The play’s tragic heroine had no idea that was the case and believed that her evidence-gathering mission would play a crucial role in deciding if the United States would go to war.
Nothing could have been farther from the truth.
Plame and all the characters in the play were nothing more than pawns in the Bush administration’s maneuvering to justify a war against Iraq. Still Plame believed in her mission and hoped the government had enough integrity to prove her suspicions wrong. Soon we find Plame and her informants and sources caught in a vortex of politics and intrigue.
Eventually Plame is forced to betray her friends and informants — all in the name of democracy and to protect the American public from further terrorist attacks. In the play, we see the moral dilemma Plame is wrestling with as she tries to give the Central Intelligence Agency the evidence it needs to prove Saddam has WMDs — and at the same time ensure the safety of her contacts.
She would fail spectacularly at both. Soon after — and the play begins to hit its stride at this point — Plame’s life and career begin to unravel at alarming speed.
At the same time, the government’s carefully constructed lie to justify the Iraq War starts to collapse unto itself — thanks to Plame’s husband Joseph Wilson, a journalist and former diplomat stationed in Iraq.
Having access to information about Africa and the Middle East, Wilson had suspected that the Bush administration’s claim that Iraq had mined uranium had come from a debunked British intelligence report that had somehow been used as evidence to prove Saddam wanted to develop weapons of mass destruction.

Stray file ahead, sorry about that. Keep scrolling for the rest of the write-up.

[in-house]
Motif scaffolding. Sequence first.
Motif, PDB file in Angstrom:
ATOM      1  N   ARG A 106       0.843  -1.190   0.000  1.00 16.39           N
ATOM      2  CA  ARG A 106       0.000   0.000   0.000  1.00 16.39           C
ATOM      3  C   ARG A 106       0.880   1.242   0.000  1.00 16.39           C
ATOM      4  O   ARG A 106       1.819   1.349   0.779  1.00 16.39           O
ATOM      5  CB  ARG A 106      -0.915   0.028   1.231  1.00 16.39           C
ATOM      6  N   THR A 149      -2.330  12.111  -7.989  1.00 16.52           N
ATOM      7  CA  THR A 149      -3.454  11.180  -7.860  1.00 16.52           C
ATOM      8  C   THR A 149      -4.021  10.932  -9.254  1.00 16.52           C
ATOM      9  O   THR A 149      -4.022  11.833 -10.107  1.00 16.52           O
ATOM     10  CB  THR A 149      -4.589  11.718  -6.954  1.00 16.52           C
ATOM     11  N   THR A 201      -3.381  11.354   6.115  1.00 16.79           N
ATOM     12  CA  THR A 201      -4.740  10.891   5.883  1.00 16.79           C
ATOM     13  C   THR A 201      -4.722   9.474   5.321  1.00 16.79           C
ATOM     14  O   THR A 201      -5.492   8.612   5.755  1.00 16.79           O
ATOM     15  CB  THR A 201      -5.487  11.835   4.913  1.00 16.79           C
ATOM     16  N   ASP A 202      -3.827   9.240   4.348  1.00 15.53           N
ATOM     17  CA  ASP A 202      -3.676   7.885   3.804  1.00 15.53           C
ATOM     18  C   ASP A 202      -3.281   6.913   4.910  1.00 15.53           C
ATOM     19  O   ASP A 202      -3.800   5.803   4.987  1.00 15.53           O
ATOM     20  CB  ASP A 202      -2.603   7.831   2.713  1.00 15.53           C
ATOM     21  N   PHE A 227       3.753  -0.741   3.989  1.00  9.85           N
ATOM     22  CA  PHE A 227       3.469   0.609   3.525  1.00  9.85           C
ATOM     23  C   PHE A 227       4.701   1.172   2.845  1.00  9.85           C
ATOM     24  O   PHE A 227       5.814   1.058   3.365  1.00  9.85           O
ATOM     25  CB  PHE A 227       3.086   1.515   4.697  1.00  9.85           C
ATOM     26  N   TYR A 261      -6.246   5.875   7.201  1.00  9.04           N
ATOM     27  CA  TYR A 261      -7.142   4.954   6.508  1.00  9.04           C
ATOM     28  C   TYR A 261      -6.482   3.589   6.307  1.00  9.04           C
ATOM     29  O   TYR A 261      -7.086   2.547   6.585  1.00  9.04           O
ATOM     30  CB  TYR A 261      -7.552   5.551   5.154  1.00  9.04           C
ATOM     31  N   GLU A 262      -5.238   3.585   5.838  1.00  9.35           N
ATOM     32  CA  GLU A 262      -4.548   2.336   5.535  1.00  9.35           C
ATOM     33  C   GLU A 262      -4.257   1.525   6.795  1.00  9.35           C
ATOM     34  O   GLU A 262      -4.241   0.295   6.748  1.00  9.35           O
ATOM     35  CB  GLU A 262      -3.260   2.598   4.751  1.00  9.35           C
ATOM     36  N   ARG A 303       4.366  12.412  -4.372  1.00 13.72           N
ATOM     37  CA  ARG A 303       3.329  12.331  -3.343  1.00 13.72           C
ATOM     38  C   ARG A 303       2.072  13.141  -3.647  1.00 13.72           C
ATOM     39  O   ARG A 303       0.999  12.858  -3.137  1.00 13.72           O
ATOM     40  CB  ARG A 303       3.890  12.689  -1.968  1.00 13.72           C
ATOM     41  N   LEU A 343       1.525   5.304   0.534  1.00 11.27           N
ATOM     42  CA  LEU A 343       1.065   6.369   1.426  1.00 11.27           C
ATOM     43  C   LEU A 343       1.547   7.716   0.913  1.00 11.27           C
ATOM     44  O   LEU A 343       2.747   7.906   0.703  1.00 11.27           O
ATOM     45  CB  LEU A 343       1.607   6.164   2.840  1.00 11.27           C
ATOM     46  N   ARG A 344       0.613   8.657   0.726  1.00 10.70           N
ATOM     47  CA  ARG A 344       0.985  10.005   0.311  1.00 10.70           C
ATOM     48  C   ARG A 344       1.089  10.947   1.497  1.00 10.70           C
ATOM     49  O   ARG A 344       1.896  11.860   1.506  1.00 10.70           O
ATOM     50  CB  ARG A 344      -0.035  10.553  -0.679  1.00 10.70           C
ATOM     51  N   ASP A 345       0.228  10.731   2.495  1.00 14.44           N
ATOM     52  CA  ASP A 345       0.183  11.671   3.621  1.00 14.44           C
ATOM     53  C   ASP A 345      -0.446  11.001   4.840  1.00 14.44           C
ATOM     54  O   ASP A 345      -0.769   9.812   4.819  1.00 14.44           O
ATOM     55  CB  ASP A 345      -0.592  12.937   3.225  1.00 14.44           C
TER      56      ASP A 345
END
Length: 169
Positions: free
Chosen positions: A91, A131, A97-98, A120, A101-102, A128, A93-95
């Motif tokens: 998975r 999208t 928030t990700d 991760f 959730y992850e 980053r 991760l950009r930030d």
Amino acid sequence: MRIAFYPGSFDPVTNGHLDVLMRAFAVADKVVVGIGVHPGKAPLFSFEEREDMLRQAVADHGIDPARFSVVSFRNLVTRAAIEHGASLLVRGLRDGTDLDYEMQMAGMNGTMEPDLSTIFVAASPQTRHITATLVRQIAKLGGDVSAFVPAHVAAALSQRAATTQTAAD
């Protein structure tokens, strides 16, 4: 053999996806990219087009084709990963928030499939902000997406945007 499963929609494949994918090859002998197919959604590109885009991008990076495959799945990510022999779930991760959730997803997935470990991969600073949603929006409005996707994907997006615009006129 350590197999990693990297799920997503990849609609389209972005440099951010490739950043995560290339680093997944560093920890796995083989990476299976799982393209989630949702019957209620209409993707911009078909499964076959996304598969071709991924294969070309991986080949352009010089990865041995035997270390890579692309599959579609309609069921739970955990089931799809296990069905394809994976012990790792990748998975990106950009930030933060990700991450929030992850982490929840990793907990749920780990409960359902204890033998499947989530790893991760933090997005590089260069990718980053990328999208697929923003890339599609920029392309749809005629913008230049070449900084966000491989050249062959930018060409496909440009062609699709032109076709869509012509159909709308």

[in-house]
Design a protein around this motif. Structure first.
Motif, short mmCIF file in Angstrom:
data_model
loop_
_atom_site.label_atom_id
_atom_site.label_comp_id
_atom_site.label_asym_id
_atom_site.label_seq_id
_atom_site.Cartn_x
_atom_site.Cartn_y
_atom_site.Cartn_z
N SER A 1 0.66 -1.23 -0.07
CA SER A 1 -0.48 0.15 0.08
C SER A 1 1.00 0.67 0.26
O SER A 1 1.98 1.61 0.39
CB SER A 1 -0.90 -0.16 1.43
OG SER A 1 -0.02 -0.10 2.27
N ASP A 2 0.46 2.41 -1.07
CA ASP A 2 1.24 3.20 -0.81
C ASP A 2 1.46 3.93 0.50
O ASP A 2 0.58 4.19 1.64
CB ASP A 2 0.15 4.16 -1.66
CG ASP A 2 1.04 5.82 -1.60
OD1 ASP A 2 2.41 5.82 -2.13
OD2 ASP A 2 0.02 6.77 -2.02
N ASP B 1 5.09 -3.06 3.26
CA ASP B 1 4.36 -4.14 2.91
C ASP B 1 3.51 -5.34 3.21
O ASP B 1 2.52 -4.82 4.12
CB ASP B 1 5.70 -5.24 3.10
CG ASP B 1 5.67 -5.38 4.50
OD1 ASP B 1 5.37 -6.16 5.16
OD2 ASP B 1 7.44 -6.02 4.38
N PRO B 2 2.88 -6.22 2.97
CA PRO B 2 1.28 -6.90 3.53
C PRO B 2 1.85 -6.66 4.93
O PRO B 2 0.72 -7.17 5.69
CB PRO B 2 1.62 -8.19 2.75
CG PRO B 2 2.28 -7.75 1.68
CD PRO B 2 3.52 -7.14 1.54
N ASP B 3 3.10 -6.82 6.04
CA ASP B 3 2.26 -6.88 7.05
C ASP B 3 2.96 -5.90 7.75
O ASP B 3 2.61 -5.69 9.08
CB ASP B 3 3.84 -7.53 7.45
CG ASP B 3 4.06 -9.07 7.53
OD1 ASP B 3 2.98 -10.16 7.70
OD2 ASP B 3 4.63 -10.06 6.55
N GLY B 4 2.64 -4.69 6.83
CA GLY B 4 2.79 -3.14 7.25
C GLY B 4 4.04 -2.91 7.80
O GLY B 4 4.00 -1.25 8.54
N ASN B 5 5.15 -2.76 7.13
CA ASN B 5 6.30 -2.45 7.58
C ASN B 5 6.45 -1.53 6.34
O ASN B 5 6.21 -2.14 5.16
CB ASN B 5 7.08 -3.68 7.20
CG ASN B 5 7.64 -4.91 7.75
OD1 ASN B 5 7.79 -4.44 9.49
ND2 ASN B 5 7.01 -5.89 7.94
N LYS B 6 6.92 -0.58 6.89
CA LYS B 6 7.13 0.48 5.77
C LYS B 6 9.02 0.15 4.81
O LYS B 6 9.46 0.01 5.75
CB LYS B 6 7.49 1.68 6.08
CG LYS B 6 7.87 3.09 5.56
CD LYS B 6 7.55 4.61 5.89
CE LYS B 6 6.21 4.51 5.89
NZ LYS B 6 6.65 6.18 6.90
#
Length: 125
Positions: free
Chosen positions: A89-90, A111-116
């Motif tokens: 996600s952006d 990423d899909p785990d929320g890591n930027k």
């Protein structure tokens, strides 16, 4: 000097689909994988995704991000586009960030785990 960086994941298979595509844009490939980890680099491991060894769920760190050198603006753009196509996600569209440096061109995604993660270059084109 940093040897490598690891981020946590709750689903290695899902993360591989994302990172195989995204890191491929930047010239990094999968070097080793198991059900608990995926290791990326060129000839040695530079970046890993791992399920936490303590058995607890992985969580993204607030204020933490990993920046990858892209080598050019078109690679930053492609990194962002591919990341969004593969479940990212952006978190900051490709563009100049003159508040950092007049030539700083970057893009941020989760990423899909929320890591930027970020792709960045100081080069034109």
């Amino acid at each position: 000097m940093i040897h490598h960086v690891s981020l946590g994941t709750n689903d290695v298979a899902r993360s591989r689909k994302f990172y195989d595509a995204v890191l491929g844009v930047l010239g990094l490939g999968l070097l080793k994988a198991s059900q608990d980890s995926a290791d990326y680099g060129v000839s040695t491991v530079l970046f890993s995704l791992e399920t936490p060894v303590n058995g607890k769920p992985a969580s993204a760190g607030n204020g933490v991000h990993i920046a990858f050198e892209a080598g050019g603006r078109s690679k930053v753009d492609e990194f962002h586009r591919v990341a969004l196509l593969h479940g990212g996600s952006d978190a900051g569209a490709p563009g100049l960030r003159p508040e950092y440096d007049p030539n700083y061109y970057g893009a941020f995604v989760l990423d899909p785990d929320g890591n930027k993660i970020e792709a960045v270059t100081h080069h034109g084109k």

His decision to publish an op-ed in the New York Times divulging his knowledge of the situation would ultimately reveal that the emperor had no clothes.
Thanks to Wilson’s extravaganza, everyone saw Bush’s justification for invading Iraq for what it was: an outright brazen lie.
As the play picked up speed, I found myself getting more anxious and angrier with every scene.
“Intelligence” reminded me of the deception and the hundreds of thousands of people who have died because of one man’s lie. That same lie continues to reverberate through the Middle East today.
It may be an oversimplification here, but I believe the Trump administration’s insistence that Obama’s scale down of U.S. operations in Iraq and Afghanistan led to the creation of ISIL is misguided.
If anyone deserves more blame for the rise of ISIL, it’s George II. He’s the one who removed Saddam Hussein, whose death led to a political vacuum that eventually resulted in what could arguably be considered the failed state Iraq is today.
I’m still mystified as to why no one has taken George H.W. Bush and his cohorts to task over his lie to start the Iraq war. But then I remember that I’m living in the age of Trump, where the truth doesn’t matter anymore.
If there’s anything “Intelligence” is blazingly successful at — it’s calling attention to the absurd ‘alternative’ reality we now live in.